Wednesday, August 25, 2010

San Francisco Jazz Man in Paris

 Farris Smith, Jr. Stencil Art
© Discover Paris!

If you are an aficionado of Paris stencil art, you have likely seen this image on at least one wall around town.  It is a stencil art portrayal of Farris Smith, Jr., contrabassiste extraordinaire, and the likeness is just as extraordinary as Farris' music!

I first encountered Farris years ago in the Châtelet metro station.  He would set up in the corridor at the end of the people-mover between Line 7 and Line 4, near the fruit vendor who was a permanent fixture in that part of the station. I noted that he had the official RATP card hanging from his bass, which meant that he was legally permitted to play there.  I never stopped to speak to him, but definitely appreciated his music.

Farris in the Metro
© Discover Paris!
Several months later, I went to a restaurant to hear a part-time American expat saxophonist play.  Lo and behold, there was Farris, tuning his bass!  He was to be one of the accompanying musicians that evening.  I introduced myself to him this time, and we had a brief, but delightful, conversation.  We've been in communication ever since.

Shortly after the encounter at the restaurant, I was privileged to mentor a young woman from Stanford University - Julia Blau Spiegel.  The president of Stanford's Jazz Orchestra at the time, she was in Paris for the summer, and was looking for a subject for an article that I encouraged her to write for the Bonjour Paris newsletter.  I told her about Farris, and suggested that she seek him out at Châtelet station to ask him for an interview.  This she did, and her article "Musicians in the Metro" was the result.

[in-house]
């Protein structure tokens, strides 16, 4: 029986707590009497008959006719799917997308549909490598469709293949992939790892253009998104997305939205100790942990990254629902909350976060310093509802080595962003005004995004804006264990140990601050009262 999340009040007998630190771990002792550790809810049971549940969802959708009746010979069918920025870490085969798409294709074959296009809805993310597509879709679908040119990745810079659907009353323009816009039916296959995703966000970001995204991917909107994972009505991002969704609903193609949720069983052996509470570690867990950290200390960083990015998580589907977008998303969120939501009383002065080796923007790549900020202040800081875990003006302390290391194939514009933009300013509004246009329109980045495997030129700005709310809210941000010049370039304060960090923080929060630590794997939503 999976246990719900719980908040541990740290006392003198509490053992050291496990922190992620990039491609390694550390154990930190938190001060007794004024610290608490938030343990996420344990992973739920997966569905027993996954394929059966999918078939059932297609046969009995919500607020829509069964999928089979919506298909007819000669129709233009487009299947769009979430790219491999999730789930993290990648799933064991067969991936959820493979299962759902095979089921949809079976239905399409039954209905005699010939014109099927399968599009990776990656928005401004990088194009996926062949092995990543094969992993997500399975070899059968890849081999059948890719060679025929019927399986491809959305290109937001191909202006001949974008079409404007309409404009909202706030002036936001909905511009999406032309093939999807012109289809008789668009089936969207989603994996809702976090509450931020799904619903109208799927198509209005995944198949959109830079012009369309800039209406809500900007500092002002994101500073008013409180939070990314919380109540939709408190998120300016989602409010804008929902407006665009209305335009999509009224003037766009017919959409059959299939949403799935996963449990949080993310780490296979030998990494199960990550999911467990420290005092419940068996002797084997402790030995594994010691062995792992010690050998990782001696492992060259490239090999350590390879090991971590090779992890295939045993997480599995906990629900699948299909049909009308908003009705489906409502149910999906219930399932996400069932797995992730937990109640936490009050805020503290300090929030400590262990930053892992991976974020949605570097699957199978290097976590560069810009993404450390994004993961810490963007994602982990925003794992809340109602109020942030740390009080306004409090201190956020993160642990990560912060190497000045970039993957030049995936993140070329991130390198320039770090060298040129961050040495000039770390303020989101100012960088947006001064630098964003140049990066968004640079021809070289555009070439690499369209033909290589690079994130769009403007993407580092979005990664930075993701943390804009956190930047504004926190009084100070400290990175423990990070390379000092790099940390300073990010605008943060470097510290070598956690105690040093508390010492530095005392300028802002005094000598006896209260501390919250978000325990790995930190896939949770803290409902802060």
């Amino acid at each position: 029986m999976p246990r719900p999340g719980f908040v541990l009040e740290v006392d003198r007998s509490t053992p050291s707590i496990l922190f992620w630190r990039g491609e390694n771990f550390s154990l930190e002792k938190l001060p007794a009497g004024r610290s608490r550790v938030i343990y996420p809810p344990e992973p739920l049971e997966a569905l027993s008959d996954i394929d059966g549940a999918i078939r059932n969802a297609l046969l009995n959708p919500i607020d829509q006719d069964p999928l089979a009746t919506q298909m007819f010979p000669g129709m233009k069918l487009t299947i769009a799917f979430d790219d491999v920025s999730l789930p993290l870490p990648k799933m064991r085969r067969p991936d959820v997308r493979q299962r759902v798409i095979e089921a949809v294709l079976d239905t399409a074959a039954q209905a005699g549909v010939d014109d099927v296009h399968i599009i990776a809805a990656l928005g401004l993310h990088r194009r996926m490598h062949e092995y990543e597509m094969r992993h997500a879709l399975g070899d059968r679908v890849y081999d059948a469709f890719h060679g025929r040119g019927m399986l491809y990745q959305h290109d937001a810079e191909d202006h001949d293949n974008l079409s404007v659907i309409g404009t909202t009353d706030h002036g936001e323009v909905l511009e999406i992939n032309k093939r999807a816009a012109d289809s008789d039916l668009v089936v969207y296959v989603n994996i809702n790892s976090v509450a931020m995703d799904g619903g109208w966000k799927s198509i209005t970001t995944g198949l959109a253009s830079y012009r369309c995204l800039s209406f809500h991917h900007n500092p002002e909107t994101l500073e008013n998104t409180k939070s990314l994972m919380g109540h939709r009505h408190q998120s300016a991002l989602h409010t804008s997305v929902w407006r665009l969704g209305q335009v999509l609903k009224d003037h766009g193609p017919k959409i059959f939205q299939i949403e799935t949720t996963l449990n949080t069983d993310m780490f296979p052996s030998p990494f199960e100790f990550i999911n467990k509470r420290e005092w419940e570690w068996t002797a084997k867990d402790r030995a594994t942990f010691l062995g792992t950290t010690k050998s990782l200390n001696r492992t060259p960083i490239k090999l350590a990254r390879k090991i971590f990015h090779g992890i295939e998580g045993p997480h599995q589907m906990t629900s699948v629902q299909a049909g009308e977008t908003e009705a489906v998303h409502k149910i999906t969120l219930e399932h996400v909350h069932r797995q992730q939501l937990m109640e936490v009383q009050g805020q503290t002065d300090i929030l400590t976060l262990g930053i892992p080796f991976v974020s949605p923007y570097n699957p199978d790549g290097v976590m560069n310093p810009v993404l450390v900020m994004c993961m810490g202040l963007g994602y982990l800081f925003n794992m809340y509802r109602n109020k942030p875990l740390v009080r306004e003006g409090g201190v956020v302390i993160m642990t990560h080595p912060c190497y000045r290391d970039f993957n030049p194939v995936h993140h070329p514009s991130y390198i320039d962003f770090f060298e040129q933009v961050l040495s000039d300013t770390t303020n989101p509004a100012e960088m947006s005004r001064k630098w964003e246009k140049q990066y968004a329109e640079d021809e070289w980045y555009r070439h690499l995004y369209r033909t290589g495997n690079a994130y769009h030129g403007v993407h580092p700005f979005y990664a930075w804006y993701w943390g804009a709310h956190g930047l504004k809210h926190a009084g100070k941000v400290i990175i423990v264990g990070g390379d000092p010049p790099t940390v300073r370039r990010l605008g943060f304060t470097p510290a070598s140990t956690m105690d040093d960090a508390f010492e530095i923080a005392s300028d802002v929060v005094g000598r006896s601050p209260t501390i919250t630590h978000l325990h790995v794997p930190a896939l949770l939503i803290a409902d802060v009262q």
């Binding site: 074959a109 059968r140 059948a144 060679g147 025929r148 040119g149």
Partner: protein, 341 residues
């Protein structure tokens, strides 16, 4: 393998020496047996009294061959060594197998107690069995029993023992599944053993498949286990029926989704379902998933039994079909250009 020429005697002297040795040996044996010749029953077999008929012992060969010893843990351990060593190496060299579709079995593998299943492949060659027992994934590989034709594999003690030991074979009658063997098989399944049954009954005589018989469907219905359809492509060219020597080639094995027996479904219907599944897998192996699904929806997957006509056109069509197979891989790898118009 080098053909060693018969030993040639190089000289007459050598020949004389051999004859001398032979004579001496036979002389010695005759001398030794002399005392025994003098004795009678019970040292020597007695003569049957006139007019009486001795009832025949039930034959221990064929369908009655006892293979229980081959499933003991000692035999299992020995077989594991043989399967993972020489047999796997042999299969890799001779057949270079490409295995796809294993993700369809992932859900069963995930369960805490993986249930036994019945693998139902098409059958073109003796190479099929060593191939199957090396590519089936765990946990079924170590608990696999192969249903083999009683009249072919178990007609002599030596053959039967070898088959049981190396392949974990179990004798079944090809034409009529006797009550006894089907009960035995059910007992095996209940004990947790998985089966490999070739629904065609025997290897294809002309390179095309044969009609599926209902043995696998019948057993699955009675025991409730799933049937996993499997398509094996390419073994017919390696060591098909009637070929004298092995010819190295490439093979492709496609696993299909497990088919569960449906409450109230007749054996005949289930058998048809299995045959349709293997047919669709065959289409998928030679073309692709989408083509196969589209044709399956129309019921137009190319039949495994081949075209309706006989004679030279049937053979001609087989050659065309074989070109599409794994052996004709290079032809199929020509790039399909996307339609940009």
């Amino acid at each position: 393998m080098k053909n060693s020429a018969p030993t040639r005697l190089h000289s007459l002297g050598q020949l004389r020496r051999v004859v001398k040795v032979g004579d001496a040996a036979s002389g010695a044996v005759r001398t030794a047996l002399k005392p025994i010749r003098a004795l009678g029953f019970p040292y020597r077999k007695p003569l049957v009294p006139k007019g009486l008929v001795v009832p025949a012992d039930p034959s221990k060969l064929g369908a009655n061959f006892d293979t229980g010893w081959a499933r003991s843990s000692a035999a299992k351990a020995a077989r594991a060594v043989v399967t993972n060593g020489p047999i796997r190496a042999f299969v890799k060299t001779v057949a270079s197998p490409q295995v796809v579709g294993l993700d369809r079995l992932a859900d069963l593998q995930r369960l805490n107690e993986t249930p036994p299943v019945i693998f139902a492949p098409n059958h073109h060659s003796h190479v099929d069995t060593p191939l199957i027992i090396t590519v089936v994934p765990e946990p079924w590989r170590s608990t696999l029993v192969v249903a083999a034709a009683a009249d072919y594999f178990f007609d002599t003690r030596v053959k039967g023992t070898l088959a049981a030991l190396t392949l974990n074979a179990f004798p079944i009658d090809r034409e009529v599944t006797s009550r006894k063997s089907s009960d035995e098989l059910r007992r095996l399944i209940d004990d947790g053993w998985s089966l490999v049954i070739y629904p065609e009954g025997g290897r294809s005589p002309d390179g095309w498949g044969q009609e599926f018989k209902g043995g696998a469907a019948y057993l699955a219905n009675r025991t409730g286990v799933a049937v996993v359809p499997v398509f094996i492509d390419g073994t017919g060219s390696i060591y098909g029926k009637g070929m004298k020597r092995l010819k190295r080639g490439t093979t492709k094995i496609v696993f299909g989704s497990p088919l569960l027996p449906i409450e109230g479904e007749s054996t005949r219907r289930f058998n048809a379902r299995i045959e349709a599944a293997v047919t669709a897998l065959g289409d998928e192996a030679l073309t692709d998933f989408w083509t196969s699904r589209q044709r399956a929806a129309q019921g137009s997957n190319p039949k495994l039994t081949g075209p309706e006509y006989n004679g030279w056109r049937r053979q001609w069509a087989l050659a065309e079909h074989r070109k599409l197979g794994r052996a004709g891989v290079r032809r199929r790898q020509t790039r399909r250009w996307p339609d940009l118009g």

Farris grew up with music in the San Francisco Bay Area.  He was a teen during the 1960s and had the advantage of being exposed to an incredible variety of artists and musical styles during that era.  It was because of this wealth of experience that he embraced music and culture on an international level.  As a result, he has traveled the world, playing in Europe, the U.S., and Australia.  He has taught ethnomusicology at the University of Hawaii, and jazz bass at the Sidney Conservatory Annex at Coffs, Australia.  Farris considers himself a Eulipion musician, a term inspired by the song of the same name by Rahsaan Roland Kirk. As such, he considers his music "a duty-free gift for the traveler." 

Blue Bayou Restaurant Jam Session
© Discover Paris!

This spring and summer, the San Francisco jazz man could be found crooning and playing his bass on the bridge near the Hôtel de Ville.  Visit his Web site and his MySpace page to learn the latest regarding his gigs, travels, and everything else that is Farris.


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